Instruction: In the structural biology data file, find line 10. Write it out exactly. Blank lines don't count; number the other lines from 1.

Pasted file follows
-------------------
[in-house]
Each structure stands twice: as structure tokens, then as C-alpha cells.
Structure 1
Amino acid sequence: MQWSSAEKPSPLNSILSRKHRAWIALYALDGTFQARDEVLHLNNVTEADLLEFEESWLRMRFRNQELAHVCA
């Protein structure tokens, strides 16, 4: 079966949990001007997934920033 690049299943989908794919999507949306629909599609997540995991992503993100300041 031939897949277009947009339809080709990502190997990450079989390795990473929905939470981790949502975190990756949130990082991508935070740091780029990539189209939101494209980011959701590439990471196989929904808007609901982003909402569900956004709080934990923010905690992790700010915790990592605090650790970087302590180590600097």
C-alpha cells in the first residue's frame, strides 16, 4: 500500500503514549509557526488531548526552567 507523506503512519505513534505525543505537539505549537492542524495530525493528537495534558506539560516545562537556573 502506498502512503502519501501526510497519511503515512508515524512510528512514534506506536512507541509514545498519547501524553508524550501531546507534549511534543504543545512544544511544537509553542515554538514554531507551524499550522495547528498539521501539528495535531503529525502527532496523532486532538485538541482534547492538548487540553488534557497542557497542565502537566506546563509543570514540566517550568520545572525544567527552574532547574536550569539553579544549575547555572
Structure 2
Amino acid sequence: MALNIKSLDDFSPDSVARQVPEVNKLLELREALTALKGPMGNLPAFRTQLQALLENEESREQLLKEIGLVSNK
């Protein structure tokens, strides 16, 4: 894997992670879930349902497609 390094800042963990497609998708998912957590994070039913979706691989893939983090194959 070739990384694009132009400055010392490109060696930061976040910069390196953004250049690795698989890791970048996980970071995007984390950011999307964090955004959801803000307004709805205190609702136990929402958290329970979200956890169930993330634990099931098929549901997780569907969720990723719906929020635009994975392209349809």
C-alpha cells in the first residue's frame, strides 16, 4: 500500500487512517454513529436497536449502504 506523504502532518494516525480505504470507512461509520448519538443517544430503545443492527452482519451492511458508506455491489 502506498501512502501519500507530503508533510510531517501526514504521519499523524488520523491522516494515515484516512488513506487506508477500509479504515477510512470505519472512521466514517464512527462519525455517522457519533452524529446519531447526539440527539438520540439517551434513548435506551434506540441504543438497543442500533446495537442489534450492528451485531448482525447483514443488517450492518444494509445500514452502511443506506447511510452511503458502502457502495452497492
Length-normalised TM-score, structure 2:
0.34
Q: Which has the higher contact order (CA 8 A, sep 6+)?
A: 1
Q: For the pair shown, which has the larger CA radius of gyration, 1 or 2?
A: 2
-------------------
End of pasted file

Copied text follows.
C-alpha cells in the first residue's frame, strides 16, 4: 500500500487512517454513529436497536449502504 506523504502532518494516525480505504470507512461509520448519538443517544430503545443492527452482519451492511458508506455491489 502506498501512502501519500507530503508533510510531517501526514504521519499523524488520523491522516494515515484516512488513506487506508477500509479504515477510512470505519472512521466514517464512527462519525455517522457519533452524529446519531447526539440527539438520540439517551434513548435506551434506540441504543438497543442500533446495537442489534450492528451485531448482525447483514443488517450492518444494509445500514452502511443506506447511510452511503458502502457502495452497492